Children learn about their rights, playing
- Inauguration of the first recreational festival with specialized games for balance and coordinatio
- Children from socially excluded communities will participate in educational tour
San José, Costa Rica- 2 July, 2008 - More than 300 children from different socially excluded communities, participated in the inauguration of the project, “Learn about your rights, playing,” in the Peace Park on Saturday June 28.
The activity serves as the inauguration of a joint project between the NGO Fútbol por la Vida (Football for Life) and UNICEF, called “Learn about your rights, playing”. The project seeks to raise awareness about child rights, while children enjoy their right to play, and promotes artistic activities and integrated child development as a way to prevent violence.
In order to bring sporting, artistic and recreational activities to the children and communities that will benefit from this project, UNICEF and Football for Life, will tour 10 communities in a small bus with sports equipment and physical education specialists. Among the recreational toys are “pedals,” special toys that help to improve motor skills, coordination and balance in children, and are designed to teach values such as teamwork and patience.
The project “Learn about your rights, playing,” will travel to three indigenous communities, two port towns, two rural communities and three marginal urban neighborhoods. Each of these communities faces a number of social problems, such as poverty and high rates of violence against children, and they are defined as priority municipalities by the Costa Rican government. The tour will teach children and their families about children’s rights and about the importance that physical activity plays in the social, emotional and physical development of children.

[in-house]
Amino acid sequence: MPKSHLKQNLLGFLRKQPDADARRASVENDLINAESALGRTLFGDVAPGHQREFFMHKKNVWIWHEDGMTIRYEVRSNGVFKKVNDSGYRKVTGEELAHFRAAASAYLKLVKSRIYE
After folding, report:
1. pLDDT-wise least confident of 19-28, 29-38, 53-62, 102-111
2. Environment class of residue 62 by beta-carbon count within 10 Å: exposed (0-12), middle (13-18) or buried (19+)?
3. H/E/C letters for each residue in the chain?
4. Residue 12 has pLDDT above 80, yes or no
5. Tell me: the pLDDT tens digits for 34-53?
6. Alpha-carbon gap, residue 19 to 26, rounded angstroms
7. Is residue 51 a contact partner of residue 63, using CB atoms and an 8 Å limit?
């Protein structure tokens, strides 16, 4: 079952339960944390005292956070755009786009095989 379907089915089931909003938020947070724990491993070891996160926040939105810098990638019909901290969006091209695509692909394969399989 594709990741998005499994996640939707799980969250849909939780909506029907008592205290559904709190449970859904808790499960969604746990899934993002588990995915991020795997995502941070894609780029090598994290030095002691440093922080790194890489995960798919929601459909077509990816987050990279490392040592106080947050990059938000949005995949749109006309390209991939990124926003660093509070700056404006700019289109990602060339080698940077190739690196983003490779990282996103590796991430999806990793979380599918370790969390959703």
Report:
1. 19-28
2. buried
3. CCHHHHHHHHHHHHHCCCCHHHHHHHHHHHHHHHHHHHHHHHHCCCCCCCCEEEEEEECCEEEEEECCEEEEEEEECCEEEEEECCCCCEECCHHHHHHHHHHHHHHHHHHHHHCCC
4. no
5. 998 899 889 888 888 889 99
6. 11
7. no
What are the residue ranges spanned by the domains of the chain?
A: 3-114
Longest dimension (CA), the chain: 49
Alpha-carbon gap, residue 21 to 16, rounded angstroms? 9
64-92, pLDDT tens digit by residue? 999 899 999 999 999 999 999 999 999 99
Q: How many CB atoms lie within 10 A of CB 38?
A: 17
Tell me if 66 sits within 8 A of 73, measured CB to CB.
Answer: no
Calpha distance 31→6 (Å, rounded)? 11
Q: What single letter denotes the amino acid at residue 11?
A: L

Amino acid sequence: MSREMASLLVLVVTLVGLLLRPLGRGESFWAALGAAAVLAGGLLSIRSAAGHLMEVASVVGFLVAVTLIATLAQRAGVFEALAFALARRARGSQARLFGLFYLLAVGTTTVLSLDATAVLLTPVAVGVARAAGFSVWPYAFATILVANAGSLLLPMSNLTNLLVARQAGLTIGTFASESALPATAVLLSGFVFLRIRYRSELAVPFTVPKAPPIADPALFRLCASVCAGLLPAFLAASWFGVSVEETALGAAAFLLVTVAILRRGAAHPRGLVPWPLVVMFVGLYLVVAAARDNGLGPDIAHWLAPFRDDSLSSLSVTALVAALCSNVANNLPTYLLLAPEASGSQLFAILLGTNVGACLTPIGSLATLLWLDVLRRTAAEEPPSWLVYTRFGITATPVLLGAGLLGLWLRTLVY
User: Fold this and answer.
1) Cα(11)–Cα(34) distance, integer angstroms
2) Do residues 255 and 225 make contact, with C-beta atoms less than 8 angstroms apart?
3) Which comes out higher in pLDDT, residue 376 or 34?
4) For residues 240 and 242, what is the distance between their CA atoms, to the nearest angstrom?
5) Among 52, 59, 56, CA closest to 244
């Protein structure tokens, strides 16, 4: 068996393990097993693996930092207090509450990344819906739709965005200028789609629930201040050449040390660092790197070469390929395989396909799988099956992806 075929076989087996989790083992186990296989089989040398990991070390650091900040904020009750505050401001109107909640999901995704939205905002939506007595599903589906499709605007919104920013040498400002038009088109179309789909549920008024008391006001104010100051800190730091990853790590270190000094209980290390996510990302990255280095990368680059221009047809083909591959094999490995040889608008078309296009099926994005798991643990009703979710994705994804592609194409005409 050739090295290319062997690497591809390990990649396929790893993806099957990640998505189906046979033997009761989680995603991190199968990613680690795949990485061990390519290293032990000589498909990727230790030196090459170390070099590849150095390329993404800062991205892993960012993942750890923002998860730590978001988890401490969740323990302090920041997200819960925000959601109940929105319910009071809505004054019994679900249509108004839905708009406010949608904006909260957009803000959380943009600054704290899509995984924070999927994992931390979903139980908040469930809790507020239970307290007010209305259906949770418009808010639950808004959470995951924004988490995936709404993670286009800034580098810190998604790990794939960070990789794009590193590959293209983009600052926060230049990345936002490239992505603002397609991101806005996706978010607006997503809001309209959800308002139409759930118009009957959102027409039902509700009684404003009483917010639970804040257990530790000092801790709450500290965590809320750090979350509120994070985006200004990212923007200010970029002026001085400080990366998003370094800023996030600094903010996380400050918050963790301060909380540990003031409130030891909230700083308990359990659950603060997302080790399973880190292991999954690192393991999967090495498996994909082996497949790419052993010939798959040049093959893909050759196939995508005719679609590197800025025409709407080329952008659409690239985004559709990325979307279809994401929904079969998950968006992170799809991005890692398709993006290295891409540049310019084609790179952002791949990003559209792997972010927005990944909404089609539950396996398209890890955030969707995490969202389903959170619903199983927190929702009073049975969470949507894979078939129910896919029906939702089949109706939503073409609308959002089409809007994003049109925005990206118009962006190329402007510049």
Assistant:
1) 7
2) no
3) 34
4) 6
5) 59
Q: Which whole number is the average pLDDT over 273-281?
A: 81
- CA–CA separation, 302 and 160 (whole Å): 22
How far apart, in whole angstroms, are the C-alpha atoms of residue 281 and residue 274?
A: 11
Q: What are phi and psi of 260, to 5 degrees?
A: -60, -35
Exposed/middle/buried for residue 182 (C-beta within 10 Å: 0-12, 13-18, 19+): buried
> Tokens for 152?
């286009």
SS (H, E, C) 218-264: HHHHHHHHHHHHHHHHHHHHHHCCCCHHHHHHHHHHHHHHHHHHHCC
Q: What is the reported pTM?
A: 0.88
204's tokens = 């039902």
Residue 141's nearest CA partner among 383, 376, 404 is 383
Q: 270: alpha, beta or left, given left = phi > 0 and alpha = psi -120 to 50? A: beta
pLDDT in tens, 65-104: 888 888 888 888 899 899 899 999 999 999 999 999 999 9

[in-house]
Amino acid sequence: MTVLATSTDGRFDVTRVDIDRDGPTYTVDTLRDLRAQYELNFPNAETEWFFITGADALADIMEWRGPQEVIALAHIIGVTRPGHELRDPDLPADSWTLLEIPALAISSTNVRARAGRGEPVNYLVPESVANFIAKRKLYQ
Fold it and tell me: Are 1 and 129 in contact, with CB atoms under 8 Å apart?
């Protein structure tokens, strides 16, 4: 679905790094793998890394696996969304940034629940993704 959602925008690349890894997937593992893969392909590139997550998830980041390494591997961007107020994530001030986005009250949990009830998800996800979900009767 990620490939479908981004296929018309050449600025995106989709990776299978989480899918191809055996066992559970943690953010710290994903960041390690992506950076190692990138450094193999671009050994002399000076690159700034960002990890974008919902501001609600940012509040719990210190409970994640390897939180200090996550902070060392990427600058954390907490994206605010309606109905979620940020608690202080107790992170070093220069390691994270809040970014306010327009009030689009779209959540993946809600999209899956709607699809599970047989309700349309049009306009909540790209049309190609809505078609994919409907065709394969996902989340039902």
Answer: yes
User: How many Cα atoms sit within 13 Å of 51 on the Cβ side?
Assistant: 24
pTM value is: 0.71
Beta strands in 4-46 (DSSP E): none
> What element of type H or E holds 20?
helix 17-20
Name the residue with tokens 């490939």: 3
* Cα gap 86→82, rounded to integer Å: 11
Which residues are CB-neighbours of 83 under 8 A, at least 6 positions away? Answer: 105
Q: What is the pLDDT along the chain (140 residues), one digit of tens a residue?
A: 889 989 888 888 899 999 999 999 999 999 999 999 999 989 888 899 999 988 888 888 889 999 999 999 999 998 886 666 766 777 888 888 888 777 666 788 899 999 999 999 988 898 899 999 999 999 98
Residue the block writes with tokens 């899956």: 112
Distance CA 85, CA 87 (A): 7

Studies have shown that sports, art and physical activities promote healthy physical conditions, as well as mental well being and positive social interaction among children. These activities promote gender and social equality, increase self esteem, improve learning skills and academic progress, reduce stress and depression, prevent smoking and drug use, and decrease social vulnerability of high risk groups.
“Sport can change a person’s future, as well as that of a nation. With this initiative, Costa Rica continues to show that sports, art and recreation are effective means of promoting child rights and preventing violence that affects children and our society,” highlighted Seija Toro, Representative of UNICEF Costa Rica.
“We are working with children through assuring their participation and leadership in educational and interactive initiatives. This includes sports, theatre and non-competitive football as well as graffiti (street art) in some cases. We will take this project on the road to communities outside of San José in order to provide the same opportunities for children from socially unstable areas and to improve local and community capacity to defend and promote child rights and their participation,” explained Roy Arias, Director of Fútbol por la Vida.
The inauguration included non competitive games, street football, activities using “pedals,” theatre and dance presentations, and presentations by clowns that juggle, walk on stilts, among other activities for children.
What children have to say, between the fun and the games
“We live in a country where we should be able to freely express ourselves. I want to express myself through playing sports.”- Deysha Guzmán, 16 years old.
“It helps me stay busy and keeps me away from doing drugs and fighting. A lot of kids in my neighborhood do those things”, revealed Jesús Rivera, 13 years old.
“I learn a lot through sports, especially football. The coaches teach us about protecting ourselves from drugs and violence and how to face our problems through talking. Problems aren’t resolved by punching. Football also teaches me to work in a team.” Heylin Gonzalez, 17 years old.
“Football teaches me teamwork and to help others. I also learn about values to help make me a better person. Today I learned a lot about my rights,” explained Joshue Chaves Flores, 13 years old.
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